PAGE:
Jan 23, 2010

The past 8 months in brief

When I started this blog, I didn't have a vision for what I wanted to say. Which voice would author this blog?
  • The frustrated patient fighting an invisible illness?
  • The PhD student who studies politics and power in the Canadian health system?
  • Or perhaps the voice of the 'former-health-system-administrator' would come through?
As it happened, none of the things I hoped to say were coming out clearly because my brain had turned into pea soup. I suppose when you name your site "brain fog", it should be a tip off that you aren't in a good head-space.

Last spring I quit writing here, thinking 'if I am sick of listening to myself complain about feeling crappy all of the time, everyone else must be too'.

Summer came and I sank lower into the pit of illness. I won't belabour the point, but I was just seriously unwell.

One day my neighbour saw me on my porch (a big outing at the time) and suggested I visit the "private, executive health clinic" in town. HERESY! Private clinics are for Americans and people who don't believe in the Canadian value of Universal Healthcare. It would be an act of treason.

The fact is, I was too sick to care about my values anymore. I had stayed the course with the public system and I was getting worse by the day. So off I went to the private clinic for a health workup complete with smoked salmon and orange juice.

The private clinic picked up something that everyone else seemed to have missed. Hypothyroid & Anemia. I would never, in a million years imagined that these two benign sounding conditions could cause all of the physical misery and cognitive problems I was having.

But the results don't lie. After two months of treatment, I started to feel better. I started to read books again. I started to walk upstairs without having to rest halfway. I went back to school. I took on a volunteer position in clinical social work. And I haven't looked back (very much).

Interestingly, since my thyroid came under control, I have had almost no symptoms of depression. I am grateful for the chance to feel healthy again and I am angry at the internist who told me my problems were "all in my head". I also am perplexed that it took a private clinic to take my complaints seriously.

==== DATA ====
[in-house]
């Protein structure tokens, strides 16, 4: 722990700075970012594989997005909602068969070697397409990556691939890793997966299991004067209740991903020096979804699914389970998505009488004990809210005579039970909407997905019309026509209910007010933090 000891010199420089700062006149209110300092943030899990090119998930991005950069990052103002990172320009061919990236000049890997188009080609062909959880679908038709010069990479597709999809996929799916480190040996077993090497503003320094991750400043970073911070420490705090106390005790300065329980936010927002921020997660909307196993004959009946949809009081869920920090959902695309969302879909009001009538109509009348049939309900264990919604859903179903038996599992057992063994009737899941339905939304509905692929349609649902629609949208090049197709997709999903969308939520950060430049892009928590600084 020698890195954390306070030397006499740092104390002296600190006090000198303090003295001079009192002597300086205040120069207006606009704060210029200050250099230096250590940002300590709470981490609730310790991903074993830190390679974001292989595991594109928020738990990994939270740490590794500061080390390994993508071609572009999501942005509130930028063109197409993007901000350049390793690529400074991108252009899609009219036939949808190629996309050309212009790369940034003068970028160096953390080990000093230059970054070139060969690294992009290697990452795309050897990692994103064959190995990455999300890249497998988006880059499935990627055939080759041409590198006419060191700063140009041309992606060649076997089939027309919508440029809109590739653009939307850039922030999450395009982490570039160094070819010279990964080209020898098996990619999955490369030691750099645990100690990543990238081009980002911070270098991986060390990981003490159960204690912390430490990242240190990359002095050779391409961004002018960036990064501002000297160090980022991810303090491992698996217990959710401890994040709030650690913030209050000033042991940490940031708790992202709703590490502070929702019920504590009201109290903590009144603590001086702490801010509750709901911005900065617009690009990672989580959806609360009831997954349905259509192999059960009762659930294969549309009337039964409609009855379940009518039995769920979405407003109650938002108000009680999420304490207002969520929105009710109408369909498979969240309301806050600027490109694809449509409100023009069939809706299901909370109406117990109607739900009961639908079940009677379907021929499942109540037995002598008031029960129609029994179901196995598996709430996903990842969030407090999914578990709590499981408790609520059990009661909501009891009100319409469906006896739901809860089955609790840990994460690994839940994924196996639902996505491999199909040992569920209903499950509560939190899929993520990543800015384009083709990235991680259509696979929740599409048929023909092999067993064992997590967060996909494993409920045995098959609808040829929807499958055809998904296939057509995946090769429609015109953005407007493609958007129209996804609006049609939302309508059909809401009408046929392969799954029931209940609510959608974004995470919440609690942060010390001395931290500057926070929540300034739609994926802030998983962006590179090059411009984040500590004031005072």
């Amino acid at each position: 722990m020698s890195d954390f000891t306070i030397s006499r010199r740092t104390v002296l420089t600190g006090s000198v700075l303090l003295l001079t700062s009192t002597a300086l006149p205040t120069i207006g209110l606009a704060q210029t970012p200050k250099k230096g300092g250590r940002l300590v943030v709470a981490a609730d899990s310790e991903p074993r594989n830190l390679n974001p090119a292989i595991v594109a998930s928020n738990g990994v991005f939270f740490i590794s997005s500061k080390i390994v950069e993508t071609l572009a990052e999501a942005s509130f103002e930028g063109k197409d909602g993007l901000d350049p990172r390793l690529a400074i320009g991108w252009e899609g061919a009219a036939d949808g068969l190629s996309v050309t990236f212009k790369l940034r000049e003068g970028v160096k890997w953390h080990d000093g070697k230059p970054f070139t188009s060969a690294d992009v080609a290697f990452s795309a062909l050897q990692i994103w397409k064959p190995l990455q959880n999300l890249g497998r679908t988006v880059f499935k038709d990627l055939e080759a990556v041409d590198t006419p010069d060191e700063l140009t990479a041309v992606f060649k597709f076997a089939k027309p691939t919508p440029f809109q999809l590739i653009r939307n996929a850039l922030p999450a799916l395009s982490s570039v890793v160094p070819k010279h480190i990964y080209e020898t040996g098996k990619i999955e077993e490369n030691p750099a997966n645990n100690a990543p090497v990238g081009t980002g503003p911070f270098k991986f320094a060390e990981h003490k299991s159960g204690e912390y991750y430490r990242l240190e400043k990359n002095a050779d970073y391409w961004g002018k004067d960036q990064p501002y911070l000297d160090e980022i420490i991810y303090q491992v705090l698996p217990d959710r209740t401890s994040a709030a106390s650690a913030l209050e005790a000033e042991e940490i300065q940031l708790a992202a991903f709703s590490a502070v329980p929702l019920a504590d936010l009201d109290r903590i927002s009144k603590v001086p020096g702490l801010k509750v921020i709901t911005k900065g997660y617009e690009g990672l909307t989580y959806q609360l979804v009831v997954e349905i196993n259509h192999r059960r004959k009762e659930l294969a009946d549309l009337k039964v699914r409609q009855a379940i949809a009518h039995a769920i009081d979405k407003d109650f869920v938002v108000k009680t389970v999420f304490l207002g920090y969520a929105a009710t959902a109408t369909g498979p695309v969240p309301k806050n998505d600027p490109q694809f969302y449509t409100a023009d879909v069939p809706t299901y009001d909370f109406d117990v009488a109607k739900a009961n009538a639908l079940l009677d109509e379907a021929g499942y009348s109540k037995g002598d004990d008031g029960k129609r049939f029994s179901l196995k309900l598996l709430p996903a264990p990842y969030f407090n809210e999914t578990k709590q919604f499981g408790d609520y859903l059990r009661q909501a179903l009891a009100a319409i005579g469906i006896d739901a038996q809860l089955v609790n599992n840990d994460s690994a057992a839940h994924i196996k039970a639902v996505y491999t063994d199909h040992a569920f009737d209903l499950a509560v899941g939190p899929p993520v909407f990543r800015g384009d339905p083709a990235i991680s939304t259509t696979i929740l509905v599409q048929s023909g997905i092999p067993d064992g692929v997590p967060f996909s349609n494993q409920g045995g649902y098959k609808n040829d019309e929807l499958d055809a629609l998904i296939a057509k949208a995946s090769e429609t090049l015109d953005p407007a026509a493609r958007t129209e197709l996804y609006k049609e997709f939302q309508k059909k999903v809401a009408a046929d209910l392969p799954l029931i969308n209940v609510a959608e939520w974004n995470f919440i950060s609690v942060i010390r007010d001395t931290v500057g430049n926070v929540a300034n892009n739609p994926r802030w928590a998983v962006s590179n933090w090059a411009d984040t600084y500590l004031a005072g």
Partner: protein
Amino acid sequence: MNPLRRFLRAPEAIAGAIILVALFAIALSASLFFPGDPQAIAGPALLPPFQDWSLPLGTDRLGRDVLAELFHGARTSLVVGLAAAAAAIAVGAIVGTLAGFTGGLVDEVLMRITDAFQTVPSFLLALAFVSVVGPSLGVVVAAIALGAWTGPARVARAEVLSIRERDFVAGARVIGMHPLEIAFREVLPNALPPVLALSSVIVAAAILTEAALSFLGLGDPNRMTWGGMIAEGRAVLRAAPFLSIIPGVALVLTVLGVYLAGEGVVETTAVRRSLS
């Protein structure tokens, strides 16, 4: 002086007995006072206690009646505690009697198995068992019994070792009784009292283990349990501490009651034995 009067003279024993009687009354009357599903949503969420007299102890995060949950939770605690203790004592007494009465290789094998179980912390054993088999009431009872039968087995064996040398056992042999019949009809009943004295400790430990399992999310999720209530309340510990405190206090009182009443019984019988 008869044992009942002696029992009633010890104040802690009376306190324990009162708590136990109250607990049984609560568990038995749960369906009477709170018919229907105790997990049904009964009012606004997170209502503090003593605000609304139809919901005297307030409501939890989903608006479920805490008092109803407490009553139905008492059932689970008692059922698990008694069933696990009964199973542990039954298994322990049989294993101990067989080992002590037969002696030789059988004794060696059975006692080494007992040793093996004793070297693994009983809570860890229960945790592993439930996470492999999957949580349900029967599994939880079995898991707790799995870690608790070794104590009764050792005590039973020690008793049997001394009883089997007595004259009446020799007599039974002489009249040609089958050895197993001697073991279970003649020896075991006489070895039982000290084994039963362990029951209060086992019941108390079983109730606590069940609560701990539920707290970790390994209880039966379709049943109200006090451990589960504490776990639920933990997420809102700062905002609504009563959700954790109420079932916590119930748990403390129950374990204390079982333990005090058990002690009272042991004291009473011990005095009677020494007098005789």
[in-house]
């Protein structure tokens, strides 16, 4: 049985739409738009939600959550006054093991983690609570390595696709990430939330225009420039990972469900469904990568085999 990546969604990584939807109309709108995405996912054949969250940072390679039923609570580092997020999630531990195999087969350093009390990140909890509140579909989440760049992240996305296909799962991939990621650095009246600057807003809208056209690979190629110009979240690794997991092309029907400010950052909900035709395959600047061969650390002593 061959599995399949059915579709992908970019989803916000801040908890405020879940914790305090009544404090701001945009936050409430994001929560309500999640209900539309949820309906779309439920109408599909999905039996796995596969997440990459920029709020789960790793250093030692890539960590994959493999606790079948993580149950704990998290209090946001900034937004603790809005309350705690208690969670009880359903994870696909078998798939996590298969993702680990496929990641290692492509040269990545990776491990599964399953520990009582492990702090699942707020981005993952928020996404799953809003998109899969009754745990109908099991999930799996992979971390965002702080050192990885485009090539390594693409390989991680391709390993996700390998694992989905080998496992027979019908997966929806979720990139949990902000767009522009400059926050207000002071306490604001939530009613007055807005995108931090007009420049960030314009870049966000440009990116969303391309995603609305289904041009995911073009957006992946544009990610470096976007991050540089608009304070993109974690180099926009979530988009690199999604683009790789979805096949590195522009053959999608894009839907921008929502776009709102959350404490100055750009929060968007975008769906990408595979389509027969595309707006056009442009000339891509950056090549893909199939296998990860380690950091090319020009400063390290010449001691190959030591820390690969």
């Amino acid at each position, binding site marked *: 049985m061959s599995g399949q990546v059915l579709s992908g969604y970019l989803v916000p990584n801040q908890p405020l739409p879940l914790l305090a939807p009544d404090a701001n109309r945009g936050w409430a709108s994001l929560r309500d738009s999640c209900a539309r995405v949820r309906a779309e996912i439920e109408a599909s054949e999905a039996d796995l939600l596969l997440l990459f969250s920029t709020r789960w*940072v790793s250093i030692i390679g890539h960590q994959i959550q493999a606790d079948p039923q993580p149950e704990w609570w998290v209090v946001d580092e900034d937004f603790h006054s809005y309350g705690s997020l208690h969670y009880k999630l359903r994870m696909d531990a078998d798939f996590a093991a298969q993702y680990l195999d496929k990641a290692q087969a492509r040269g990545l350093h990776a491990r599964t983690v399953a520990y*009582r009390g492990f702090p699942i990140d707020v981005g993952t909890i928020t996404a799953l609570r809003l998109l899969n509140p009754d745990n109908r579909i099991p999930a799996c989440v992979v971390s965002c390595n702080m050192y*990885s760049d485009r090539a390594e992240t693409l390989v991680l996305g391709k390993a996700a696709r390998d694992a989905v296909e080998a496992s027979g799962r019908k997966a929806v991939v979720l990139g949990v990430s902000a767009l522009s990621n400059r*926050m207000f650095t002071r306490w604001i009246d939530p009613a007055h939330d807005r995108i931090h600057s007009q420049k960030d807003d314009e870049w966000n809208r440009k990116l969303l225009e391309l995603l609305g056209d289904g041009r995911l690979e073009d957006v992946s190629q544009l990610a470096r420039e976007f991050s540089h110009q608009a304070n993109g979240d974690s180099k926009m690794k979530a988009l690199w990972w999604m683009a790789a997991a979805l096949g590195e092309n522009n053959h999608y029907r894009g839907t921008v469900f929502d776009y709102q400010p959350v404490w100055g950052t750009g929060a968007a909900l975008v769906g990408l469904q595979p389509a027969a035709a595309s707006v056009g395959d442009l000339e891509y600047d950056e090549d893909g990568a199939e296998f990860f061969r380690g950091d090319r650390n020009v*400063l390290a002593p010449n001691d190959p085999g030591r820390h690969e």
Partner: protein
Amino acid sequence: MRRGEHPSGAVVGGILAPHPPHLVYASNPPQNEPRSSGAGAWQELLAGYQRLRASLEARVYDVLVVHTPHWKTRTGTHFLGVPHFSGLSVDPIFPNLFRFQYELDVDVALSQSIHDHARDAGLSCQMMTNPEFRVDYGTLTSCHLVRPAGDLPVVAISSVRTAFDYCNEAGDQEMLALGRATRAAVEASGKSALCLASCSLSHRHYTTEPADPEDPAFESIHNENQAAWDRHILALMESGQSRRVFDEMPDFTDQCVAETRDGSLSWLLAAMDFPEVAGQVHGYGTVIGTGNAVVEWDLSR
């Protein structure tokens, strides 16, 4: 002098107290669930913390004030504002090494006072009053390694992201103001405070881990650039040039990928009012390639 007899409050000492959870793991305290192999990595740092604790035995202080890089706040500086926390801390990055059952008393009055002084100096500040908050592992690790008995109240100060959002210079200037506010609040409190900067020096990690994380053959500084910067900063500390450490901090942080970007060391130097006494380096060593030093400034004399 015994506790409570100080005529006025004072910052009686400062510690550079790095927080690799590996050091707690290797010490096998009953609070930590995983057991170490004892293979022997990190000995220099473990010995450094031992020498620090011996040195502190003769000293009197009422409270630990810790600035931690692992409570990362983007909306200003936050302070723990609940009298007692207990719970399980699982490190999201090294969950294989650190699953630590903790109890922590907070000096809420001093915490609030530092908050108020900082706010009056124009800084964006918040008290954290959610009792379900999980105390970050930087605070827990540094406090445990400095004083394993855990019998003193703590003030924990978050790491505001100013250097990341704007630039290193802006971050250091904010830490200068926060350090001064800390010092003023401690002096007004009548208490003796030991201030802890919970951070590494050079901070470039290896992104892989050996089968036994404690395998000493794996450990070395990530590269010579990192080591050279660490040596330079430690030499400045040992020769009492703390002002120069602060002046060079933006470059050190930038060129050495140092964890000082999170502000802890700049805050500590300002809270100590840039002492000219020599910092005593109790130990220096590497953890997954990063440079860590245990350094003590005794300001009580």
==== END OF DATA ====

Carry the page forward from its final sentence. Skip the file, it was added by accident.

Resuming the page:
What does this say about the Canadian system that I believe in so dearly? I believe that it has something to do with the power that being a 'consumer' of health services confers on a patient.

I felt conflicted between my values and my personal experience - and realized that I may have just tapped into a great thesis topic.

In the end, as much as I would like to find one voice to speak from, I realize that, like all of us, I have occupy multiple roles: patient, practitioner, student, researcher, critic & proud Canadian.

So, I'm thinking of blogging again. I'm not sure where it might take me, but hopefully there will be some interesting discussions along the way!


  1. Wow.

    First of all...I'm so glad you're feeling better and that you got the treatment you needed!

    I find it odd, too, that you had to go to a private clinic to get the testing you needed. Every year when I go for a check-up I get routine blood work done, and thyroid and hemoglobin/iron are part of that routine blood work. This is here in BC, mind you. I don't know what is standard where you are in Canada, but even when I lived in Ottawa, once a year I had blood work done, and thyroid & iron were always included because if I complained of being tired and having low mood, that was a pretty obvious place to start.

    I wonder if it wasn't the system that let you down, but an apathetic doctor...

  2. BTW, I don't use I'm Listening any more - LONG story with a big drama behind it - but if you want my personal blog I can send you the link.

  3. Hi WC,
    I think I fell through the cracks - possibly as a result of seeing too many doctors. I have since collected all of the lab reports that each of them ordered over a period of six months and it was clear that my TSH was trending upward. Since it wasn't off the charts (1.9 in January and 8.3 when it was finally noticed in July), I don't think it caught their attention.

    I also think that some physicians just 'tune out' when they get a referral from a psychiatrist. Once you are in the "mental illness" box, it is hard to get out of it.

    There is also some controversy over what a normal range is for TSH (old range was 0.5 - 5.0 and the new one is 0.3 to 3.0). My new (and expensive) private health care doctor treats thyroid aggressively, while my previous family doctor and my psychiatrist were still wed to the 'old range'.

    Also, I suspect I had an early case of H1N1 - possibly contracted when I was in Mexico last April. All together, I was a wreck!

    PS - Yes, please send me your personal blog link (and maybe the Reader's Digest version of what happened to I'm Listening?) The email address is located just underneath my profile.

  4. Good to hear that you got a diagnosis and treatment that works!

  5. Holy cow! I'm glad they finally figured it out! And yes, it does sound like you may have some fodder for a thesis project there.